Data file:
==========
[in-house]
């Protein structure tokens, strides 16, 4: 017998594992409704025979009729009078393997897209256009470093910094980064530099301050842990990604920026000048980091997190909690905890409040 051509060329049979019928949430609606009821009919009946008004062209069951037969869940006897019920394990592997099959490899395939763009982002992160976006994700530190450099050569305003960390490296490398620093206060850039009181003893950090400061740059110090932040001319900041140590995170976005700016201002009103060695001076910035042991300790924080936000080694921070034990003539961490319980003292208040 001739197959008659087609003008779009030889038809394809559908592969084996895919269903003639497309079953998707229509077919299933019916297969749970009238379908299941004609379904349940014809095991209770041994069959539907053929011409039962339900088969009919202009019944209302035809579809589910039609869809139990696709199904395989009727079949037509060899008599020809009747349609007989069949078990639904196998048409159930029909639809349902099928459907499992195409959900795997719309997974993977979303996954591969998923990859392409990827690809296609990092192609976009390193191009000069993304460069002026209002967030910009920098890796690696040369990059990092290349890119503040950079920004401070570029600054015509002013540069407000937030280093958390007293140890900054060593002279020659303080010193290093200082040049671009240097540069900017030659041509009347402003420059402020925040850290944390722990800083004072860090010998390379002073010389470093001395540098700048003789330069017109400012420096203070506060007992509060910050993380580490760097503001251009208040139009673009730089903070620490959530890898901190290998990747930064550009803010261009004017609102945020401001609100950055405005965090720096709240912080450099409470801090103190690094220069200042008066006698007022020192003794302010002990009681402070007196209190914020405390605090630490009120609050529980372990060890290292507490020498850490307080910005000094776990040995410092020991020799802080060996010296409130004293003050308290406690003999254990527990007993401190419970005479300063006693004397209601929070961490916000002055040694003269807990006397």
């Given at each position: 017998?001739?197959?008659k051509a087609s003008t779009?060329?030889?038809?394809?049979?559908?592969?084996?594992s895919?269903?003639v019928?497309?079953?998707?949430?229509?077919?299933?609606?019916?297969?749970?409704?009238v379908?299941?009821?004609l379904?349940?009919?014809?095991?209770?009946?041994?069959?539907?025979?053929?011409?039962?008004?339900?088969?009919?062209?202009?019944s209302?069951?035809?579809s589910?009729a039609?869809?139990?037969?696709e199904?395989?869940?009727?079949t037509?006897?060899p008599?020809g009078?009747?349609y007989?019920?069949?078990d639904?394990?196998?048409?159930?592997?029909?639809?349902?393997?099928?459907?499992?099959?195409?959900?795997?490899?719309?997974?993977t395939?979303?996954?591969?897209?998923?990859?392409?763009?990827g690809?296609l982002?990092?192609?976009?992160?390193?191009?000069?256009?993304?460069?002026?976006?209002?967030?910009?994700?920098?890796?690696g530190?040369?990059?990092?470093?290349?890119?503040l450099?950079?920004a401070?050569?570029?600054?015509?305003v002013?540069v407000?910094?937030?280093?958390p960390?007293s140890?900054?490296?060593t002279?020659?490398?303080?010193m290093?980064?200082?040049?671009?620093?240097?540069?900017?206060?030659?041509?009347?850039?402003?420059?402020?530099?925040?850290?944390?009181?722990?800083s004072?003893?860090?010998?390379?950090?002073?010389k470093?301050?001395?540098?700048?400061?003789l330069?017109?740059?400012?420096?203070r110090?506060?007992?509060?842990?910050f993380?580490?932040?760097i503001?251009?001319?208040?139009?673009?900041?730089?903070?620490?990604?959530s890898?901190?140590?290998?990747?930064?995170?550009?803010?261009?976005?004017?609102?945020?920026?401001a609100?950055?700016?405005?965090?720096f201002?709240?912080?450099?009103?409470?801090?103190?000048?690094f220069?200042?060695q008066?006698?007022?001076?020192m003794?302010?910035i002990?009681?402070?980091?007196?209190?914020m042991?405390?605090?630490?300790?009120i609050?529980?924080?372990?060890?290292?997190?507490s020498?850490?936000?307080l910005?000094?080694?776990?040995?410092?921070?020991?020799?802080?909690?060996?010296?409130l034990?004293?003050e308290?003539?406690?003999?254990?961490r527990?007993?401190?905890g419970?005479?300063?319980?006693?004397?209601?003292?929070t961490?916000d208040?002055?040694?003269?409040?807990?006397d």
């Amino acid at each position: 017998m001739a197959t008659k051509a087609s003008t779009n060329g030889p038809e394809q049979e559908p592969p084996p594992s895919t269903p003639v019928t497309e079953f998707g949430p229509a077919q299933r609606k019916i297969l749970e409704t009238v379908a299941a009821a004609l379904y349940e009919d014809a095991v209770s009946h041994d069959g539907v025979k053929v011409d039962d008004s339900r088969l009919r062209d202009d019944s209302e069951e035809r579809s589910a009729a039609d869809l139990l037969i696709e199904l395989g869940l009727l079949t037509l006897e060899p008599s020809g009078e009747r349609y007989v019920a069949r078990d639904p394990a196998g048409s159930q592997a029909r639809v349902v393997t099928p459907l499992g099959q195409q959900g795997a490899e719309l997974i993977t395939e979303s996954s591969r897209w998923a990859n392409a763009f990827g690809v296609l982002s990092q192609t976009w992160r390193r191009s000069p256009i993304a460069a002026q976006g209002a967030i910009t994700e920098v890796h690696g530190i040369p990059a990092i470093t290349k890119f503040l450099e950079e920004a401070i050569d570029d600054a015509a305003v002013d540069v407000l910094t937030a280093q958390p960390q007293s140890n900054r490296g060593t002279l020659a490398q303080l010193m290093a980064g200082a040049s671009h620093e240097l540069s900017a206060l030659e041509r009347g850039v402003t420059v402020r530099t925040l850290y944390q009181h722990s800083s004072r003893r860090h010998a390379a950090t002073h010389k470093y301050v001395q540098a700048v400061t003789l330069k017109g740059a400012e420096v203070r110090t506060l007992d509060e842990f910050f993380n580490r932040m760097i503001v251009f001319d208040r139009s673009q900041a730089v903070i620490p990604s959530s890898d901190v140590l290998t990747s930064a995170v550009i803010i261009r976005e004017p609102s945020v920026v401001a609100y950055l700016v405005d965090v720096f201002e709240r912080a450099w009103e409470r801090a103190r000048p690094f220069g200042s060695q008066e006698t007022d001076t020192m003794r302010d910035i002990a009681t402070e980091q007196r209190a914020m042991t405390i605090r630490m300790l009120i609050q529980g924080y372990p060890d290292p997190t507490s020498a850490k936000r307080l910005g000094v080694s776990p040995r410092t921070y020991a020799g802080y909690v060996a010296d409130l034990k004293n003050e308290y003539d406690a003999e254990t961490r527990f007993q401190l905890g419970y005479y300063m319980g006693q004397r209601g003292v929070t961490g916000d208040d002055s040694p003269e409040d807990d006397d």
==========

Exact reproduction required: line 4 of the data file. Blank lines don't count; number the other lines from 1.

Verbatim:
């Amino acid at each position: 017998m001739a197959t008659k051509a087609s003008t779009n060329g030889p038809e394809q049979e559908p592969p084996p594992s895919t269903p003639v019928t497309e079953f998707g949430p229509a077919q299933r609606k019916i297969l749970e409704t009238v379908a299941a009821a004609l379904y349940e009919d014809a095991v209770s009946h041994d069959g539907v025979k053929v011409d039962d008004s339900r088969l009919r062209d202009d019944s209302e069951e035809r579809s589910a009729a039609d869809l139990l037969i696709e199904l395989g869940l009727l079949t037509l006897e060899p008599s020809g009078e009747r349609y007989v019920a069949r078990d639904p394990a196998g048409s159930q592997a029909r639809v349902v393997t099928p459907l499992g099959q195409q959900g795997a490899e719309l997974i993977t395939e979303s996954s591969r897209w998923a990859n392409a763009f990827g690809v296609l982002s990092q192609t976009w992160r390193r191009s000069p256009i993304a460069a002026q976006g209002a967030i910009t994700e920098v890796h690696g530190i040369p990059a990092i470093t290349k890119f503040l450099e950079e920004a401070i050569d570029d600054a015509a305003v002013d540069v407000l910094t937030a280093q958390p960390q007293s140890n900054r490296g060593t002279l020659a490398q303080l010193m290093a980064g200082a040049s671009h620093e240097l540069s900017a206060l030659e041509r009347g850039v402003t420059v402020r530099t925040l850290y944390q009181h722990s800083s004072r003893r860090h010998a390379a950090t002073h010389k470093y301050v001395q540098a700048v400061t003789l330069k017109g740059a400012e420096v203070r110090t506060l007992d509060e842990f910050f993380n580490r932040m760097i503001v251009f001319d208040r139009s673009q900041a730089v903070i620490p990604s959530s890898d901190v140590l290998t990747s930064a995170v550009i803010i261009r976005e004017p609102s945020v920026v401001a609100y950055l700016v405005d965090v720096f201002e709240r912080a450099w009103e409470r801090a103190r000048p690094f220069g200042s060695q008066e006698t007022d001076t020192m003794r302010d910035i002990a009681t402070e980091q007196r209190a914020m042991t405390i605090r630490m300790l009120i609050q529980g924080y372990p060890d290292p997190t507490s020498a850490k936000r307080l910005g000094v080694s776990p040995r410092t921070y020991a020799g802080y909690v060996a010296d409130l034990k004293n003050e308290y003539d406690a003999e254990t961490r527990f007993q401190l905890g419970y005479y300063m319980g006693q004397r209601g003292v929070t961490g916000d208040d002055s040694p003269e409040d807990d006397d």